1. 1 Toru Ito, The Principles of Action of the Emerging Great Power India: Outlook for Independent Realist Diplomacy, Keio University Press, 2020, pp. 177-182. (Japanese)
  2. 2 Since the declaration of the India-Russia strategic partnership during Putin’s 2000 visit to India, annual reciprocal visits by the leaders have continued, and in 2010 the partnership was elevated to a "special and privileged" strategic partnership. “Joint Statement: Celebrating a Decade of the India- Russian Federation Strategic Partnership and Looking Ahead,” Ministry of External Affairs, December 21, 2010.
  3. 3 Although the term has not been used by the government, Indian media have been generally critical of Russia’s “invasion” of Ukraine. ”Putin Invades Ukraine,” Hindustan Times, February 25, 2022.
  4. 4 Ramya Kannan, “Explained | Why do Indians go abroad for medical studies?” The Hindu, March 6, 2022
  5. 5 “India closely following developments in Ukraine,” The Hindu, January 28,2022
  6. 6 “Indian embassy in Kyiv asks citizens to leave Ukraine amid rising tensions with Russia,” Hindustan Times, February 15, 2022.
  7. 7 “Air India flight returns midway after Ukraine closes airspace,” The Hindu, February 25, 2022.
  8. 8 Indians in Kharkiv, for example, were advised on Mar. 2 to evacuate by evening that day. “Indian students given four hours to leave Kharkiv in urgent advisory by Kyiv embassy,” The Times of India, March 2, 2022.
  9. 9 “Jaishankar hails Operation Ganga as students, evacuated from Ukraine's Sumy, arrive in India,” Hindustan Times, March 11, 2022.
  10. 10 “Congress questions delay in rescue operations,” The Hindu, March 4, 2022.
  11. 11 “Statement by Ambassador T.S. Tirumurti, Permanent Representative of India to the United Nations,” Permanent Mission of India to the UN, January 31, 2022.
  12. 12 “Quad foreign ministers: ‘important to protect Ukraine sovereignty,’” Nikkei Shimbun, Feb. 11, 2022. (Japanese)
  13. 13 “Statement by Ambassador T.S. Tirumurti, Permanent Representative of India to the United Nations,” Permanent Mission of India to the UN, February 21, 2022.
  14. 14 “Statement by Ambassador T.S. Tirumurti, Permanent Representative of India to the United Nations: Explanation of Vote,” Permanent Mission of India to the UN, February 25, 2022.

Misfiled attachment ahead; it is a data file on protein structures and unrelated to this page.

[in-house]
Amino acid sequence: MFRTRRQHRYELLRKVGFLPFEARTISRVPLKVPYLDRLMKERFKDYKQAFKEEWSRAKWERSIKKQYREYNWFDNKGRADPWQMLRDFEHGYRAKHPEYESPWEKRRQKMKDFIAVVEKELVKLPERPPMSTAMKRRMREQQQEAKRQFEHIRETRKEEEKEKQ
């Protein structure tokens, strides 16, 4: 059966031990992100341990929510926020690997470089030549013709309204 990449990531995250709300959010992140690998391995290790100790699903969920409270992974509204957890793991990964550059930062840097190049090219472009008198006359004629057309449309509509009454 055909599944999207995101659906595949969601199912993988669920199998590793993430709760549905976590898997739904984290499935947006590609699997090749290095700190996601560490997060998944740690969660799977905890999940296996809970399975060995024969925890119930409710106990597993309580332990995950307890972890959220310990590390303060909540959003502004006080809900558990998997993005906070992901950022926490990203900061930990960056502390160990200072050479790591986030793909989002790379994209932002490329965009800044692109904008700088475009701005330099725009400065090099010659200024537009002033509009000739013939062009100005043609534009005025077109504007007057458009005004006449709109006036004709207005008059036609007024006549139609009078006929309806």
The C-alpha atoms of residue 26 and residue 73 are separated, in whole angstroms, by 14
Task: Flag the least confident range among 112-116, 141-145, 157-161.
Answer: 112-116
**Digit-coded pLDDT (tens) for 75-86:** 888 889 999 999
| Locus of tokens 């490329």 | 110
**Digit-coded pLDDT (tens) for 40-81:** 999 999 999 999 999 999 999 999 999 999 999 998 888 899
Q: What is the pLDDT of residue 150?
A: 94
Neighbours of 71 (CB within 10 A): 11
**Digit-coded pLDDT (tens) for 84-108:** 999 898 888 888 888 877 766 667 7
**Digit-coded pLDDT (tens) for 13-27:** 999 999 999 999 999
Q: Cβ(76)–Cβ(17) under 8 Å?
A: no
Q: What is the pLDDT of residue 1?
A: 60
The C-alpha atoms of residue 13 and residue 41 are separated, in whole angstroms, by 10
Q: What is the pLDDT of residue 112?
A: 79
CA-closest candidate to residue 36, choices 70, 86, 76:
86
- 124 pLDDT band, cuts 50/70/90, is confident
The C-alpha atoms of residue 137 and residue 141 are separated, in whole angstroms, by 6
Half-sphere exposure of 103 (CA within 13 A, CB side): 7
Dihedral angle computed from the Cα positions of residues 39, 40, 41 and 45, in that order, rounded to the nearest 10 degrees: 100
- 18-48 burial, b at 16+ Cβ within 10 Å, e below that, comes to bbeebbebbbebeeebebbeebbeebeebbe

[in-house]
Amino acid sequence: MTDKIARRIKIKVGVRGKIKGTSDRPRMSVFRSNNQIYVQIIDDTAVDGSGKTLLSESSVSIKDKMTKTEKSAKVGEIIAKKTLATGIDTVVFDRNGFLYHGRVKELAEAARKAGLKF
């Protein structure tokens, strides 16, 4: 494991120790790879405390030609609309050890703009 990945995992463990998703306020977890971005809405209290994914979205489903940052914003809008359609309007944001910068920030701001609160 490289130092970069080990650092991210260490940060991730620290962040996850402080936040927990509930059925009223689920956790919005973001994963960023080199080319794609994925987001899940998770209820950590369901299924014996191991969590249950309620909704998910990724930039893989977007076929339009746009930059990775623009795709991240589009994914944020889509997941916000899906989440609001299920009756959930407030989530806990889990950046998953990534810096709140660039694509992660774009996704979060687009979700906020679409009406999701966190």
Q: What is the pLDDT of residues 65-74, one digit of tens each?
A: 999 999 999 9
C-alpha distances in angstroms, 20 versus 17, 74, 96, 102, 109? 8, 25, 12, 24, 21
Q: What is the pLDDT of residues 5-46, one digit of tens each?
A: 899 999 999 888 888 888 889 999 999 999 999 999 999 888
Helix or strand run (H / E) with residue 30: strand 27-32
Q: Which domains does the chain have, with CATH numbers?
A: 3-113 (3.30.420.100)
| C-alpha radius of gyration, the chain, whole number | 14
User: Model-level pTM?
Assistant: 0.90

15. 15 “Statement by Ambassador T.S. Tirumurti, Permanent Representative of India to the United Nations: Explanation of Vote,” Permanent Mission of India to the UN, March 2, 2022.
  16. 16 Suhasini Haidar, Jaishankar speaks to EU,U.K. Ministers,” The Hindu, Feb.24, 2022.
  17. 17 Sriram Lakshman, “U.S. ‘spared no effort’ to push India on UN vote,” The Hindu, March 3, 2022.
  18. 18 Several members of the U.S. Congress expressed their disappointment with India, and it has been noted that there may be more calls for the S-400 surface-to-air missile system that India is purchasing from Russia to be subject to the "Countering America’s Adversaries Through Sanctions Act" (CAATSA). “‘Disappointed Over UN Show': US Lawmakers Call on India to Distance Itself From Russia,” The Wire, March 3, 2022.
  19. 19 Japan Ministry of Foreign Affairs, “Japan-Australia-India-U.S.(Quad) Leaders’ Video Conference Joint Statement,” March 4, 2022.
  20. 20 Satoru Nagao, “Why India abstained from condemning Russia at the UN,” WEDGE Infinity, Feb. 28, 2022. (Japanese) Ryohei Kasai, “Why India cannot say “No” to the Invasion of Ukraine,” Toyo Keizai Online, Mar. 4, 2022. (Japanese)
  21. 21 Happymon Jacob, “The anatomy of India’s Ukraine Dilemma,” The Hindu, February 28, 2022.
  22. 22 Toru Ito, “India’s Stance on the Taliban’s Afghanistan,” Contemporary India Forum, no. 52, January 2022, pp. 10-18. (Japanese)
  23. 23 I believe post-Cold War Russia to be India's "insurance policy" in its relations with the U.S. and China, as well as its "leverage" in negotiations with these countries. Toru Ito, The Principles of Action of the Emerging Great Power India: Outlook for Independent Realist Diplomacy, Keio University Press, 2020, pp. 182-186. (Japanese)
  24. 24 For a similar perspective, see: Chinmaya R. Gharekhan, “The Ukraine war, India and a stand of non-alignment,” The Hindu, Mar. 2, 2022.
  25. 25 Rudra Chaudhuri, “How Russia’s invasion of Ukraine has undermined strategic choices available to India,” The Print, March 2, 2022.